Alzheimer’s Disease researchers say they are no closer to finding a cure than they were 10 years ago.
Research suggests that diet and exercise and keeping the mind active may not have a profound effect in preventing Alzheimer’s Disease and factors such a genetics and aging may.
The first of the BABY BOOMERS are now SENIORS, increasing the likeliness in the numbers of seniors who will become Alzheimer’s patients to exceed anyone’s expectations.
With the population living to extraordinary ages, aging in place and disease being a normal part of the aging process, seniors are more likely to experience the need to relocate near their family and chose to live in an Assisted Living , Retirement or Board and Care facility even without the effects of Alzheimer’s, Dementia or cognitive impairment. The findings suggest that living in an assisted living or Retirement or Board and Care facility will allow the senior to enjoy companionship of other seniors with built in activities, all meals prepared and transportation to scheduled outings and doctors appointments as well as housekeeping and utilities included, it is more cost effective to live in a Retirement Community that is licensed for Assisted Living gives families as well as seniors piece of mind. Commonly when a senior lives alone and their eye sight begins to fail, they are housebound and rely on others to take them to the simplest errands such as the grocery store, Doctors appointment and suffer from isolation.
The most common question a family will ask is about the costs of living in a facility.
Home vs. Facility. Make a check list of costs at home, utilities, food, housekeeping, transportation, insurance, gardening/pool upkeep. Compare the monthly income of social security, pensions, investments vs. a monthly fee for living in a facility that is all inclusive in one rate.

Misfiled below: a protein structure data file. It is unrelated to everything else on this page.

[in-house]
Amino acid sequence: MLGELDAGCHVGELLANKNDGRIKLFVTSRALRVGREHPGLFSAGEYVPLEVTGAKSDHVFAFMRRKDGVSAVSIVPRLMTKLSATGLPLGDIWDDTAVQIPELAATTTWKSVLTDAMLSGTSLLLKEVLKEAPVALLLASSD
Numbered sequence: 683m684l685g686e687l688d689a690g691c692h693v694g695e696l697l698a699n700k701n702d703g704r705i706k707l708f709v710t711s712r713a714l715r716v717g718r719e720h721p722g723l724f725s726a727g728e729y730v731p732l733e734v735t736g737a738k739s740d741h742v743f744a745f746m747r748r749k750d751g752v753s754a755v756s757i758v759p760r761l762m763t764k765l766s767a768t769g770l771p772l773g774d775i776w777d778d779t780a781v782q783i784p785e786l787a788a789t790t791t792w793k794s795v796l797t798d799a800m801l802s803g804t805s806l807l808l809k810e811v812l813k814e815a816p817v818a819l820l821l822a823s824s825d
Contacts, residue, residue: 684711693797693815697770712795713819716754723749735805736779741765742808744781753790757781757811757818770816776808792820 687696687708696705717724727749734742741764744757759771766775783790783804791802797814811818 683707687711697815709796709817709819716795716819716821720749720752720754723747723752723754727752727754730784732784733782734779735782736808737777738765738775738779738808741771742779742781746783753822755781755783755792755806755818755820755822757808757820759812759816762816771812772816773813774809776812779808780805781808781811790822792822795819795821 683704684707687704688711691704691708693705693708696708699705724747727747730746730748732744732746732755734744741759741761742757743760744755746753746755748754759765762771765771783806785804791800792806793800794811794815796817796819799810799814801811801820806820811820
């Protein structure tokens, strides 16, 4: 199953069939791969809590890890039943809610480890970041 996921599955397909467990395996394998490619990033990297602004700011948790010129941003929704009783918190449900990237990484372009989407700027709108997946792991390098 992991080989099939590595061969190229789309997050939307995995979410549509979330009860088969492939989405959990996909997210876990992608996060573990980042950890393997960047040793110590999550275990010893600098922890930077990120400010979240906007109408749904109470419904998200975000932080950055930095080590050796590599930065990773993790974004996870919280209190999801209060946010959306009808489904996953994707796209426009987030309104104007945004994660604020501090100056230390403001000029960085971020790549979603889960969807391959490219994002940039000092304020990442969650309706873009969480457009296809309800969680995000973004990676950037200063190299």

Each facility will have a different price structure based on the location of the room, the care needed, private room vs. shared room and city of which you wish to live in. LOCATION, LOCATION, LOCATION will have an effect on the costs.
All of these factors are taken into consideration if Elderlink is providing a free list of senior care facilities all referrals are customized for each senior, no two list will be the same as each person is an individual.
Can a senior live at home with the care and attention they need versus the benefits of living in a facility such as an Assisted Living, Board and Care or Skilled Nursing depends on the personal situation. No two seniors have the same circumstance.
What are the signs to look for in making that decision?
Nutrition: Is the senior losing weight? Is there spoiled food in the refrigerator? If you take the senior out for a meal, do they appear very hungry? Do they order what you order because the menu seems to challenging and decision making is difficult.
Hygiene: Does the senior appear to be well groomed? Clothing look clean and free of stain? Is there any body odor?
Cognitive Impairment: Does the senior repeat the same story as though it is the first time they are telling it? Do they question when you are going to see them and not remember your last visit? Does the senior appear to be a confused or disoriented? Does the senior not remember simple tasks, places or events? How safe are they at home? Does the senior call frequently and not remember the last call? Are there car accidents or dents in the car that are not explained? Does the senior appear agitated and disoriented and confused family about family members? Has the senior wandered off and been brought by the police?
If you can answer yes to more than 3 questions, then it may be time to seek professional assistance.
A. Make an appointment with a physician who specializes in brain disorders such as a Neurologist.
B. Consider moving into a long term facility.
C. Make the home as safe as possible or have help at home.
D. If there is memory loss, obtain a safe return bracelet should the senior become lost and disoriented.